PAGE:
SK: I’m very observant I think. All my work draws heavily from observation, absorbing something and it coming out in a different form – I’m sensitive to what I see. 80% of the stuff that finally goes out starts in a sketchbook or as a small drawing somewhere. And you don’t even know when you’re doing it that this is going to become something! You don’t want to put that pressure on yourself to think about the next project. What really helps is revisiting your sketchbooks now and then.
Also, taking sabbaticals – I spend 50 days a year out of my country, since 2008. After coming to London in 2008 I started making zines. If I get stagnant it works to leave and come back: in a different place a lot of knew things open up. Travelling is probably, a fancy word it’s about getting uncomfortable. I’m fighting stagnancy all the time. The minute I feel it, it bothers me. Others are OK with routine, it’s very personal.
Q: Is it important for an illustrator to find their style, their voice?
LK: I tell people maybe don’t arrive at a style very soon! Right now all the students are very much in a hurry to have their own style. Because style is something that comes from years and years of practise, and drawing and feeling because I see people who pass out of college and have a very fixed idea of style and they can’t change it. This is what I will do for the rest of my life! This makes it very confusing for them to take a different approach in future. Have an open mind before arriving at style. People are very much in a hurry and that’s not the way to work. You can change your style you can do whatever you want. No one restricts you.
SK: That word ‘style’ I find a little strange. It keeps evolving and for me content comes before style – what do I want to tell, what am I doing, then what’s the best way to do it? Everyone is running after wanting to have a style. I don’t approach it like that. Because I know I get bored of doing one kind of thing.
When the Paul Smith four T-shirt collaboration happened – that project got really popular because of the collaboration and got spread on social media – and then for the next one year people kept coming to me saying, ‘Hey I want you to illustrate a bag but in that style’. So that style became like a cosmetic thing that I would have to use whatever I make in life thereon. So I stopped doing that. I did it for six months then I thought, ‘No more felt tip pens!’ Even if it was tough, I just couldn’t keep doing that.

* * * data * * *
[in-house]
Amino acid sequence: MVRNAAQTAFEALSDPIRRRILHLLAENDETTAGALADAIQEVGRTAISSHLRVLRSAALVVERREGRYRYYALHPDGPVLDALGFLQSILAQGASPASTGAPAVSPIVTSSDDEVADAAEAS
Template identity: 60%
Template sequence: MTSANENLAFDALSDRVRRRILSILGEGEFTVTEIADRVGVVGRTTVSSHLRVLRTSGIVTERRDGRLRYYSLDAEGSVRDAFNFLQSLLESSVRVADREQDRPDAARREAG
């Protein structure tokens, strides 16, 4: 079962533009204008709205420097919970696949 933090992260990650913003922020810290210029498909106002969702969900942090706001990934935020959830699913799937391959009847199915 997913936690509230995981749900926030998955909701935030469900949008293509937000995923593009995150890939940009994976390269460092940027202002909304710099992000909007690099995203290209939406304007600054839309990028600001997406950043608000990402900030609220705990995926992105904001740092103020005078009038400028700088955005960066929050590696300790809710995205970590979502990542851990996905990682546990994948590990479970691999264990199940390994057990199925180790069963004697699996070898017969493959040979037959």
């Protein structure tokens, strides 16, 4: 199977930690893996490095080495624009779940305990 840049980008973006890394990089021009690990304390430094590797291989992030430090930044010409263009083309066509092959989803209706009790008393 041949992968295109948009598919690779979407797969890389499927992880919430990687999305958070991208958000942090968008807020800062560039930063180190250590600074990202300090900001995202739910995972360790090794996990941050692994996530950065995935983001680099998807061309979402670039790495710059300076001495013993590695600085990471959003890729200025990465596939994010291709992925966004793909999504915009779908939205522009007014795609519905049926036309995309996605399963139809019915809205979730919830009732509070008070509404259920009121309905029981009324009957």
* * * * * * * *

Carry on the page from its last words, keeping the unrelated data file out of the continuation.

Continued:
I don’t know if they’re stuck, if it’s intentional or that’s the only way some people want to work. And it’s a choice I’m not saying it’s a bad thing. I just don’t think like that. It’s also a good thing, it’s easier for people to hire you if you’re known for a style, but I’m not driven by that.
AP: As an illustrator it’s important to have a voice it’s part of the reason why someone would come to you – they want that voice and style on a project. They like the way you see the world outside, you have something they understand but can’t execute.
But in the studio I wouldn’t say we have a style, there’s definitely an approach to how we look at things but we don’t want to limit ourselves to a particular style. People might approach us to work on something we’ve never worked on before – that happens a lot. Clients are savvy they know they’re hiring the designer or studio for the input they can’t provide, the content, not to replicate a style. Everyone is on-line and looking at different things, trends change quickly and clients understand that.
Q: What other advice do you have for students entering the world of work?
LK: Sometimes it will be better to say, ‘No’. five-six years ago I did a project for a pre-school brand. Then we got another and another and it was all kids’ illustration we were doing in that particular year. So then I didn’t want to do it! It can become your identity and so that kind of work keeps approaching you. It’s very important to break that, saying no to projects which you’ve already done or are very similar. Clients from that same industry approach you because a brand becomes successful and their competitors approach you and ask for it in a similar manner. But you want to do it totally different and it’s hard to tell the client they need something different! It’s hard to get him to understand; you want to given them a direction that’s only for them.
SK: There are two kinds of illustrators in India – the urban kid who is exposed to the internet and a lot of other things and there’s the folk artists holding on to traditions in the villages and there the talent is being passed to one generation from the next – you can see that in Tara books (see below). They are different from each other.
The new kid who’s on the internet and social media there are lots of influences… and I just feel that the influence of social media is killing some of the need for originality and the need to work hard. Every new illustrator’s work I see you know it comes from here or there. It tends to get diluted. And it’s so easy to put out work now. People can just reach out to you and talk. Back then it was a big task to get hold of an art director in an advertising agency. A lot of kids get distracted with this easy way of doing self-promotion. That shouldn’t be the driving force.